Ahead of Burmese Poll, Junta Faces Off with A Familiar Foe

  •  oct 20
  • Inter Press Service

The key role that radio plays - more than newer communication platforms like Facebook and Twitter - is at the heart of an Amnesty International campaign that has been seeking to 'break the silence' in the South-east Asian nation. By polling day on Nov. 7, the London-based Amnesty International hopes to have distributed over 4,000 radio sets to people living in a country under the iron grip of a military regime.

'Amnesty International just wants people in Burma to hear the truth,' said Niall Couper of the British branch of Amnesty, in an e-mail interview. ' It is the first time we have done a campaign like this.' Amnesty International's supply of radios, in addition to 60 walkie-talkie kits and six satellite kits, is being directed towards people living in the hinterland where 'there aren't that many radios,' reveals Couper. But details such as the brand of the radio units and how they are being delivered are being kept a closely guarded secret because of 'security reasons.'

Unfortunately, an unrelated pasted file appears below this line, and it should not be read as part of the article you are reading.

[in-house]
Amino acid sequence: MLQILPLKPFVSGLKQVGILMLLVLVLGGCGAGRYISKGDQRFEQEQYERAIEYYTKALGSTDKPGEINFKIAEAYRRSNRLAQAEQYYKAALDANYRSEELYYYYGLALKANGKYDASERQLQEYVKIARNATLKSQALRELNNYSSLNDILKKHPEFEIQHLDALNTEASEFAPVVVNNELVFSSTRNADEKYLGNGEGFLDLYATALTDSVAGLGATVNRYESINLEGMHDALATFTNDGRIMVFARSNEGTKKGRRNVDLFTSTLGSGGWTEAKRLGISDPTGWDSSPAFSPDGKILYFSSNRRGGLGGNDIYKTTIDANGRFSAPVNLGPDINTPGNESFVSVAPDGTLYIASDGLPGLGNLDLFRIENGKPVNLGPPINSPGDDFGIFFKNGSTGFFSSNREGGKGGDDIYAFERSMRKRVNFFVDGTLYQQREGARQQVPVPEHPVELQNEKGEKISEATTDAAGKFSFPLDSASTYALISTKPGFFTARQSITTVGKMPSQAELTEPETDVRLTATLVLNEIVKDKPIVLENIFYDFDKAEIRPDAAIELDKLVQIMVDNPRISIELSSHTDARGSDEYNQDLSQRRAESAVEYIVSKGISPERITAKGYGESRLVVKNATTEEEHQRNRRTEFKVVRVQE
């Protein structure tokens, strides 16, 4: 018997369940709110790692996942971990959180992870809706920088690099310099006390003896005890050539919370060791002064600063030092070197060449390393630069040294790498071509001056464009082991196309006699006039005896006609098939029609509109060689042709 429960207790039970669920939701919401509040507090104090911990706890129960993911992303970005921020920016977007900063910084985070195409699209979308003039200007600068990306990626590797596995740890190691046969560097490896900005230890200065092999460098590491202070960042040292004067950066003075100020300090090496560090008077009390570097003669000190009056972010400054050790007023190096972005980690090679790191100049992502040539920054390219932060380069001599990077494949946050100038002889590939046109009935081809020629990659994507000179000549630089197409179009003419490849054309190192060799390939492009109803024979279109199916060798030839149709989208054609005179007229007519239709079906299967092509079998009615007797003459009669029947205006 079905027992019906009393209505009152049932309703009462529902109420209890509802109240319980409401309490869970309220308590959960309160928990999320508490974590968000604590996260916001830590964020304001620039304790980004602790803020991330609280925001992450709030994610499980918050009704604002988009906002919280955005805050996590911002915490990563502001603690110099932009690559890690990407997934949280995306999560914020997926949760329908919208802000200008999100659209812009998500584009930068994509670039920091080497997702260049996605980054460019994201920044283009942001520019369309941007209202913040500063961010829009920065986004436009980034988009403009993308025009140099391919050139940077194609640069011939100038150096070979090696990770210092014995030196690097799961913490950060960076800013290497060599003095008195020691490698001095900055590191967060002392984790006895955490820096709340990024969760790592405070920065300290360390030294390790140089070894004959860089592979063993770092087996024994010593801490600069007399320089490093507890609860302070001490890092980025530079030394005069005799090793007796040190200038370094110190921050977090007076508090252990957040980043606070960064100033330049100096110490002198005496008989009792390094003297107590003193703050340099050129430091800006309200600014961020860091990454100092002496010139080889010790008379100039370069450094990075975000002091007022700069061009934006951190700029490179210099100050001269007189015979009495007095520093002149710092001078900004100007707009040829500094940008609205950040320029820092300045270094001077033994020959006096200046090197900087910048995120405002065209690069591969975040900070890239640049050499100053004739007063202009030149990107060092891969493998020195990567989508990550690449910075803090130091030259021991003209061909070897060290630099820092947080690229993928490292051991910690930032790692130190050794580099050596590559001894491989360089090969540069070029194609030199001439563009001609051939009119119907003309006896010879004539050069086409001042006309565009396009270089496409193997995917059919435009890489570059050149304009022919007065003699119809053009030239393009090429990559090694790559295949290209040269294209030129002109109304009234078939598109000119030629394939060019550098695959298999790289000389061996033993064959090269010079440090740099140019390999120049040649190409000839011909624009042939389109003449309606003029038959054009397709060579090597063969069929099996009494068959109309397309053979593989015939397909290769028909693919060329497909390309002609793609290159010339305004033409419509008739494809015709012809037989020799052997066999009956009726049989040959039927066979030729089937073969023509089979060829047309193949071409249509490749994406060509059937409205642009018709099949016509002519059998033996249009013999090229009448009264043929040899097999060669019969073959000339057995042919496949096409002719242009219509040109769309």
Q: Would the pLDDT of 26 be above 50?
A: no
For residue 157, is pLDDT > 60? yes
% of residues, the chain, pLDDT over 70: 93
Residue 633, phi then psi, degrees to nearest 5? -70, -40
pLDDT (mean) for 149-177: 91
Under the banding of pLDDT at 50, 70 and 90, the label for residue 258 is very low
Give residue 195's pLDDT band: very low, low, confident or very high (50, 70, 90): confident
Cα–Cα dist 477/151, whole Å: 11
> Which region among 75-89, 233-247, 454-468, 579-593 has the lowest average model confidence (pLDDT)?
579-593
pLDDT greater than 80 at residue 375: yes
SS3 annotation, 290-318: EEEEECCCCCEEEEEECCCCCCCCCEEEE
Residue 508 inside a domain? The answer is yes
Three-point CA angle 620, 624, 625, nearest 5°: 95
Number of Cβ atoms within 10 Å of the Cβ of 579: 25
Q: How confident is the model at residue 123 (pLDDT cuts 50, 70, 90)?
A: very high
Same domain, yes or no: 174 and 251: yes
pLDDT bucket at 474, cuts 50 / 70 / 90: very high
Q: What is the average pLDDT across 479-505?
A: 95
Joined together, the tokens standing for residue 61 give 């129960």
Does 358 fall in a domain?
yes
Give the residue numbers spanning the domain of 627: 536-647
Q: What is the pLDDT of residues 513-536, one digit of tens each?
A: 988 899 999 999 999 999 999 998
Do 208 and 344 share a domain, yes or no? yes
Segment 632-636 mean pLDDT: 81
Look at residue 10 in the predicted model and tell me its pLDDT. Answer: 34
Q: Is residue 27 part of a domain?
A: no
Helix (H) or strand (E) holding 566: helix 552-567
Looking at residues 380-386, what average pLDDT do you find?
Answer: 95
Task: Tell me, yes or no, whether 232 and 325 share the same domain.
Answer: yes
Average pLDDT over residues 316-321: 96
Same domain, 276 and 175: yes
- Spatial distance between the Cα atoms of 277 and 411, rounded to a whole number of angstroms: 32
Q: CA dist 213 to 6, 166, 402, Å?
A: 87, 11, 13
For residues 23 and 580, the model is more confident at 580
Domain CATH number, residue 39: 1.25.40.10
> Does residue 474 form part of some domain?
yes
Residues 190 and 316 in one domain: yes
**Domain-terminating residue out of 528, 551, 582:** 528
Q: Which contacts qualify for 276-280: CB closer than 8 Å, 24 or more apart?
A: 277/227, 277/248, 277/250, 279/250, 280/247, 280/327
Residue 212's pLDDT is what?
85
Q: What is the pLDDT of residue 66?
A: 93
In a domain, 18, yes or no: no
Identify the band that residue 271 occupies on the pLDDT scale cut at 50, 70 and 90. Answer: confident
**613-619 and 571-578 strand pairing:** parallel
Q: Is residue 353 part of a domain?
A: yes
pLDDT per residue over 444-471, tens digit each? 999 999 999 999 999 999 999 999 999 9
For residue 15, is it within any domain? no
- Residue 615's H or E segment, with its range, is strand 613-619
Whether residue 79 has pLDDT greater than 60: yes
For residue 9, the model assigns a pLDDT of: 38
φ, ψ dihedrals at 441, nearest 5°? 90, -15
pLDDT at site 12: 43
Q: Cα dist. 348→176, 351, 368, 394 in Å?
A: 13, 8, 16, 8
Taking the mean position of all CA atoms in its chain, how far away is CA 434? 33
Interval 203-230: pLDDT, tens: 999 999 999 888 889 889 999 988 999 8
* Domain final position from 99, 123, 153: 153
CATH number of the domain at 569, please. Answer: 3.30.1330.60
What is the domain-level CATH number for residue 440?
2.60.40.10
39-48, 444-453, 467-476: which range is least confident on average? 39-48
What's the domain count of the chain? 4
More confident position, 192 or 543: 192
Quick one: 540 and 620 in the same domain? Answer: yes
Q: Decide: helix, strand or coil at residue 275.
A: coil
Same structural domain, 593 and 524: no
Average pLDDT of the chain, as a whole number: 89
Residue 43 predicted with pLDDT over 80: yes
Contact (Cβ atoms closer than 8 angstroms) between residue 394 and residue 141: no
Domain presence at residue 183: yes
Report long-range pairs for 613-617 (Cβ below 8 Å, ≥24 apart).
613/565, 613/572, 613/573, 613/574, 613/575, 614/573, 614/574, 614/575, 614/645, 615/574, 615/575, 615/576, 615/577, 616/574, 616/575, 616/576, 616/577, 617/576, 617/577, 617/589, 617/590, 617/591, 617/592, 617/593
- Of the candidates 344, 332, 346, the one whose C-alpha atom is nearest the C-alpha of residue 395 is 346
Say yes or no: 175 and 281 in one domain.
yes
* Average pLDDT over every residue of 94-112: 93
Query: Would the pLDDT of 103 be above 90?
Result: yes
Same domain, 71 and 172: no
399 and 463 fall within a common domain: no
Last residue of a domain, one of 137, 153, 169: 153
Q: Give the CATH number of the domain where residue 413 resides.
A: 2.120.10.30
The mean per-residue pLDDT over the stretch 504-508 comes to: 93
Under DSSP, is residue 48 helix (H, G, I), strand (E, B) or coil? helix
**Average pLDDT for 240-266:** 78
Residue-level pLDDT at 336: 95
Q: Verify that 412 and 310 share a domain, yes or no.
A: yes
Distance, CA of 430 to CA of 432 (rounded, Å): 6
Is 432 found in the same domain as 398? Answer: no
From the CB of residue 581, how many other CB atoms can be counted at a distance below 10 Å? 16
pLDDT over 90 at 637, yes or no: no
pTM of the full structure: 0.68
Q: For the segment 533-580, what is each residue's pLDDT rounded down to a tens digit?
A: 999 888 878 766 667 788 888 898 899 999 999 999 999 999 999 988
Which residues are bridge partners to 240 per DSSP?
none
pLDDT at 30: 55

This faith in this traditional medium is echoed by Burmese pro-democracy activists familiar with its dominance as an information source in the country's media landscape. A flourishing border trade with China has been a driver behind the supply of cheap Chinese-made radios across the country.

'Radio is a very powerful tool to open the iron curtain of a closed-door society like Burma,' said Aung Din, head of U.S. Campaign for Burma, a Washington DC-based lobby group championing political reform. 'It is also a major threat to the regime, effectively undermining its ability to control the flow of information in the media.'

Regular radio broadcasts have been pivotal to keep the people informed about the '2008 constitution, electoral laws, election campaigns and the illegal campaigns of the regime's party,' Aung Din told IPS. 'They have also broadcast voices of NLD (National League for Democracy) leaders and ethnic party leaders who have been calling the people to boycott the poll.'.

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